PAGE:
Sunday, February 23, 2014

Peña Nieto: Time Cover, Barack Obama:In Mexico, Joaquin Guzman:Arrested

 This month has been particularly special in regards of Mexican International Politics due to 2 different events that took place during February to my eyes these 2 events are intrinsically related and somehow explain the overall outcome: The capture of the biggest drug lord in History  Joaquin "El Chapo" Guzman.

 Enrique Peña Nieto, recently on the cover of Time Magazine, represented as Mexico's 'saviour.' However, reports have emerged that suggest the Mexican President may have paid Time Magazine's parent company, in order to appear on the magazine cover. A report from the government's General Direction for Communication Standards indicates that Peña Nieto's government paid Time Warner almost $50,000 in October 2013.




 The report, titled 'Information Concerning the Execution and Programming of Campaigns and Social Communication of The Federal Government In the Fiscal Year 2013' shows two payments made to Warner: one for $480,000.43 pesos and the second for $96,000.35 pesos, totaling $576,000 pesos, or $43,000 US dollars. The report does not specify what the funds were used for, however, given the outrage the magazine cover has sparked in Mexico it has given rise to speculation that Enrique Peña Nieto paid his way to the front. Under the banner of  "saving Mexico" on the cover of its February 24 International edition. Many who first saw this cover responded with "is this a Joke?" when people realized it wasn´t , it unleashed a backlash in Mexico and from Mexicans throughout the world toward Time and the cover´s story´s author, Michael Crowley.

So the real question was Can President Peña Nieto and his team really turn Mexico around?

Even by the standards of a country wracked by armed struggle against drug cartels, the arrival of the leader of the world’s last superpower: President Barak Obama  is cause for heightened security.



 As Barack Obama swept into the Mexican industrial city of Toluca my city, last week in his 10-ton armoured limo, an estimated 5,000 police were stationed on every street corner for miles around.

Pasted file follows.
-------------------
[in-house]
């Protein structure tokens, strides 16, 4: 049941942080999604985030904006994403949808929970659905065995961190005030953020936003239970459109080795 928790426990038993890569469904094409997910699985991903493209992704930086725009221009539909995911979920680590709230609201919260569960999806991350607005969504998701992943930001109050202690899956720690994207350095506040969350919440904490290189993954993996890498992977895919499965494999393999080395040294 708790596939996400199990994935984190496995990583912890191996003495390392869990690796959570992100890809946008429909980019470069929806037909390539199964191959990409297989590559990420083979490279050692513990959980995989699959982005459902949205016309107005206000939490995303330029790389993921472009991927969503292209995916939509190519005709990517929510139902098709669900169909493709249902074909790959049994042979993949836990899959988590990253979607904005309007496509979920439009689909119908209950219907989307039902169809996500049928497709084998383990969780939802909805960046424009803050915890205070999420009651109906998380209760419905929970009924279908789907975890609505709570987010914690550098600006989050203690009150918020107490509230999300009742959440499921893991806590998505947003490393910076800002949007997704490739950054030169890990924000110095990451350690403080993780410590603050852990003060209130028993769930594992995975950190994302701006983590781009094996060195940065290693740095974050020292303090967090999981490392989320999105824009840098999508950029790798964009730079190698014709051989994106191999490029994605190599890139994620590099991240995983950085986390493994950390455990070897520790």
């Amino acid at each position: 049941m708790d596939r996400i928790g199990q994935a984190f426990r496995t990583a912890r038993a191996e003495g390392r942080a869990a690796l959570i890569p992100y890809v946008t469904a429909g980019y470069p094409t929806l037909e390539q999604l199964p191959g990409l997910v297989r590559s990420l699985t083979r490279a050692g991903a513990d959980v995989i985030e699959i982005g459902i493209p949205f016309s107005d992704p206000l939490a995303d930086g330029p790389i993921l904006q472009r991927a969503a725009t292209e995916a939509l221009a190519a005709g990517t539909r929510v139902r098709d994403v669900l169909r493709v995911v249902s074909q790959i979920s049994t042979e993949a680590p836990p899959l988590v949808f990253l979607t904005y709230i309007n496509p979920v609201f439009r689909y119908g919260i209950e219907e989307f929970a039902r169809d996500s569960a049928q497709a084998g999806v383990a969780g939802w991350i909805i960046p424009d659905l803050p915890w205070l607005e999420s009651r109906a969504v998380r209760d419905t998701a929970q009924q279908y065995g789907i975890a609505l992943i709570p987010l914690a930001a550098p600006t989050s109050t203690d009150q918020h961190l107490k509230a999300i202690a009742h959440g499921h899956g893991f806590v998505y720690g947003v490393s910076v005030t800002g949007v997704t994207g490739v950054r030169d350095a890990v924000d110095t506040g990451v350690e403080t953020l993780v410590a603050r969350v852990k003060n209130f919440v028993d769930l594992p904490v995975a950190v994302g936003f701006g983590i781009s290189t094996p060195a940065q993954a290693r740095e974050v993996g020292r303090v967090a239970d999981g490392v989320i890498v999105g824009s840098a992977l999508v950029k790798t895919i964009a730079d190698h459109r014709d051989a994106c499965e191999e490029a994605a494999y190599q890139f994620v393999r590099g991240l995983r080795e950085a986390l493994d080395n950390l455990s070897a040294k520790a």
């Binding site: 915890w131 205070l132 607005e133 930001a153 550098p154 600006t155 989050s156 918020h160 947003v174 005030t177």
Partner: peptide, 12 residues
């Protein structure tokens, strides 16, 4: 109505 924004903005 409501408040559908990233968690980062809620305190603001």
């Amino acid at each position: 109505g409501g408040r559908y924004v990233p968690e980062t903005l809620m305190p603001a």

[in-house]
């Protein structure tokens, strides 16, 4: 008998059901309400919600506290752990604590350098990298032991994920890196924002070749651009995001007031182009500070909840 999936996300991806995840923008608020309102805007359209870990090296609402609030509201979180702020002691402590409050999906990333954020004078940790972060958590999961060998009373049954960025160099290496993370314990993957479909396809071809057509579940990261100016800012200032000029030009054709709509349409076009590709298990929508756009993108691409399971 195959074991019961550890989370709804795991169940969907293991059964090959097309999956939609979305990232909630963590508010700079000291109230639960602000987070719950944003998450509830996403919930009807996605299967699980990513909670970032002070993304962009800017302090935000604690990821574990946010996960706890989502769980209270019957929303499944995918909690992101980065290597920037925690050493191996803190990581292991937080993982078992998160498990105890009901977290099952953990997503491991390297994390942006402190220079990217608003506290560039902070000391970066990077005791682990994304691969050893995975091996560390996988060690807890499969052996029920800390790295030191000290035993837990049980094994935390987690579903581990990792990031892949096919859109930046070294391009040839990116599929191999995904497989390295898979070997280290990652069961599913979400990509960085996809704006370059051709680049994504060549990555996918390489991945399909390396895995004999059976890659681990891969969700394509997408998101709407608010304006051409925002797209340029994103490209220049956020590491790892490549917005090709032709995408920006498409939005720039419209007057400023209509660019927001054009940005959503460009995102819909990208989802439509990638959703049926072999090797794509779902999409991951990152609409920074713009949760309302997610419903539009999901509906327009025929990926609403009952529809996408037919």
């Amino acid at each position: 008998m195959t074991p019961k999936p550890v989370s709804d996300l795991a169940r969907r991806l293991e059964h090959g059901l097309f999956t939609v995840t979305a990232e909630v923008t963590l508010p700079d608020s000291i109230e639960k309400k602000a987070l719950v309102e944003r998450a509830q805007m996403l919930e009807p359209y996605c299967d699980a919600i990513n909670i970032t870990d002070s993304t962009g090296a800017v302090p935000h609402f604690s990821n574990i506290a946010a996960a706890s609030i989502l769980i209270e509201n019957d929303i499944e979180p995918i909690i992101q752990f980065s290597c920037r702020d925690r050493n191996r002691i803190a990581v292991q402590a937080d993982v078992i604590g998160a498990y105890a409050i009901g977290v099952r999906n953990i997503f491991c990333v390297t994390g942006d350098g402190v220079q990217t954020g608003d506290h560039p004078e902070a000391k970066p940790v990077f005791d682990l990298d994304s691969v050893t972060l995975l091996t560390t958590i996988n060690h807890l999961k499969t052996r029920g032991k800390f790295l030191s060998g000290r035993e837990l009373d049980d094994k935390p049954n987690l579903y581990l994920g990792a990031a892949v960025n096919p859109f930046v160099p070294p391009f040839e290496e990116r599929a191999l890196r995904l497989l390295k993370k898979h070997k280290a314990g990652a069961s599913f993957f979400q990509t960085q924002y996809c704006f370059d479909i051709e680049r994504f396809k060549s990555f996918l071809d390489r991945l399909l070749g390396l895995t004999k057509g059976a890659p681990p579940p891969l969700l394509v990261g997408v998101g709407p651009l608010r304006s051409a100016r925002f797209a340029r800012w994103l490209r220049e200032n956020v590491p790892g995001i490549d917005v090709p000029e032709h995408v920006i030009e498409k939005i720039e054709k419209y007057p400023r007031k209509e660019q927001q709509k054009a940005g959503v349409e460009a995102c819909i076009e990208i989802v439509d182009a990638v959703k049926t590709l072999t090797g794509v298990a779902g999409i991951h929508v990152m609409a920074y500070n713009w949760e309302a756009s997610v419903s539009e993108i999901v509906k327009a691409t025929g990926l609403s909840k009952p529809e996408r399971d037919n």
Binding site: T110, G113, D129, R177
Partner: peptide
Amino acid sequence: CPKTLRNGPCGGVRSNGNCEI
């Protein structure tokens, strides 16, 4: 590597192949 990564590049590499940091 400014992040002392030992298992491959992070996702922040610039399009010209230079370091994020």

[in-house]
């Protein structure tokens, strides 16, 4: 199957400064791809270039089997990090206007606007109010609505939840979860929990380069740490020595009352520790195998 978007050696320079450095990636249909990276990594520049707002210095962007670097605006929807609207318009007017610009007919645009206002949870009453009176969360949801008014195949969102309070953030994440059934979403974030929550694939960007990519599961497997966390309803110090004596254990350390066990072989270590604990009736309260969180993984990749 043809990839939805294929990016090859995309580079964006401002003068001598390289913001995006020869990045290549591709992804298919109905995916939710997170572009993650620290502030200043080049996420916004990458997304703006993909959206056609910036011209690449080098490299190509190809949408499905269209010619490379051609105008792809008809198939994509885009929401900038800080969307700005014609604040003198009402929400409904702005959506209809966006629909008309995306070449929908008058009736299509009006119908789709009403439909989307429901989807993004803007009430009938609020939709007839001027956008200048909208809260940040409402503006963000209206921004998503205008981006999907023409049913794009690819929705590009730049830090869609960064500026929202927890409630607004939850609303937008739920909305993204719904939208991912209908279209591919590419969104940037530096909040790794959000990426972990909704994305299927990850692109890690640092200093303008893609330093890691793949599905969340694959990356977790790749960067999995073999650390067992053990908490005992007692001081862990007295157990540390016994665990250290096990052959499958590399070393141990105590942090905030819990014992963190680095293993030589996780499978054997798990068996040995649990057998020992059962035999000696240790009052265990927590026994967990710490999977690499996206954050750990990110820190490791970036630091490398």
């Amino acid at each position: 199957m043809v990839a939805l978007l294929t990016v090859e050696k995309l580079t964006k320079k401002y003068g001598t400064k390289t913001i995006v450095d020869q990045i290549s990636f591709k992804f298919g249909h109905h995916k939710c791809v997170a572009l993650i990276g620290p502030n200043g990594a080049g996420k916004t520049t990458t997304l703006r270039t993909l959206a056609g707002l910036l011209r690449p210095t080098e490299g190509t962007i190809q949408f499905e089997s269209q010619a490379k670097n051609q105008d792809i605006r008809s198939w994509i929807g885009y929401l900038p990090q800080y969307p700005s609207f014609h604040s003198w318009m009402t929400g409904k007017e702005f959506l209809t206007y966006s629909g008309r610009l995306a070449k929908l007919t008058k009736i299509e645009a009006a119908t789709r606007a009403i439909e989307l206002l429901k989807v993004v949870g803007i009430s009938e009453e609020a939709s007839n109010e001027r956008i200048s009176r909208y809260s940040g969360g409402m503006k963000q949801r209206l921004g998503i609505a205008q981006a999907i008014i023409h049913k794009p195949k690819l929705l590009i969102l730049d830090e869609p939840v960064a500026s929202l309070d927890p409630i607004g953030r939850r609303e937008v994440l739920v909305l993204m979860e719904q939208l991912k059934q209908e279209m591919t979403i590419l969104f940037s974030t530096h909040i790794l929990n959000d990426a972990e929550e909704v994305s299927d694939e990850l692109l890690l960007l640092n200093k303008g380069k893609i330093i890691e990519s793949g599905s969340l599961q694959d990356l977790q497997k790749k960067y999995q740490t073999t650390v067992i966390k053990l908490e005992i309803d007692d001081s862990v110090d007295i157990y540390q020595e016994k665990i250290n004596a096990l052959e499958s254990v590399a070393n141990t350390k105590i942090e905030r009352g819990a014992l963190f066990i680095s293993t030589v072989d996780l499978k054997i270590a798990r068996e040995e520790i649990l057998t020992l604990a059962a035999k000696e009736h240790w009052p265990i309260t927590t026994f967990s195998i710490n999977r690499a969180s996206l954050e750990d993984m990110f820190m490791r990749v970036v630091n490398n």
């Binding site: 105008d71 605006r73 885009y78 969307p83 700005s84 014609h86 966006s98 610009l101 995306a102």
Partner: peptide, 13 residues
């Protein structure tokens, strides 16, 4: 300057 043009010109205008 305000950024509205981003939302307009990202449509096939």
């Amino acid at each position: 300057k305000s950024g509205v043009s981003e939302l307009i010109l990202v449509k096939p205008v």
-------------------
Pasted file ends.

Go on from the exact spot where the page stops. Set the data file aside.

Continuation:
Mexican president Enrique Peña Nieto waited nervously in the foyer of the state governor’s palace, hoping foreign praise for his economic reforms can help win over a sceptical domestic audience and put security fears aside.


 The program is part of an attempt at deepening commercial and cultural exchanges 20 years after the North American Free Trade Agreement was signed. Economic analysts say the agreement unleashed previously unimaginable flows of goods among the three countries opened the Mexican economy, but that it needs to updated and better work out issues such as border delays and facilitating the movement of people and products, In reality there were no particular gains over that visit except for the agreement on a couple of issues pending on the International Agenda. However these two events are the anticipation for what was about to happen next, Would it be necessary for the Mexican President to legitimize the Cover and the visit by the following actions:  The Capture of the biggest drug lord in History.


 Joaquin "El Chapo" Guzman, the world's biggest drug trafficker and Mexico's most-wanted fugitive, was captured Saturday in a joint U.S.-Mexican operation after more than a decade on the run, officials of both countries announced.

Guzman was arrested by agents who burst into the seaside condominium in the Sinaloa resort of Mazatlan where he had moved just two days earlier.
His capture was a huge symbolic blow to Mexican drug trafficking, a world in which he had reached folk hero status, and an important victory for the government of President Enrique Peña Nieto.

How Guzman's removal will affect the drug trade is less clear. His Sinaloa cartel, Mexico's oldest, richest and most powerful marijuana and opium organization, has already expanded to more than 50 countries in the Americas, Europe and Africa, and is likely to continue without him.

This is the biggest blow to drug trafficking by the Mexican government in many, many years. It will, at least for a while, affect the flow of drugs to the U.S., and perhaps also the violence in Mexico.





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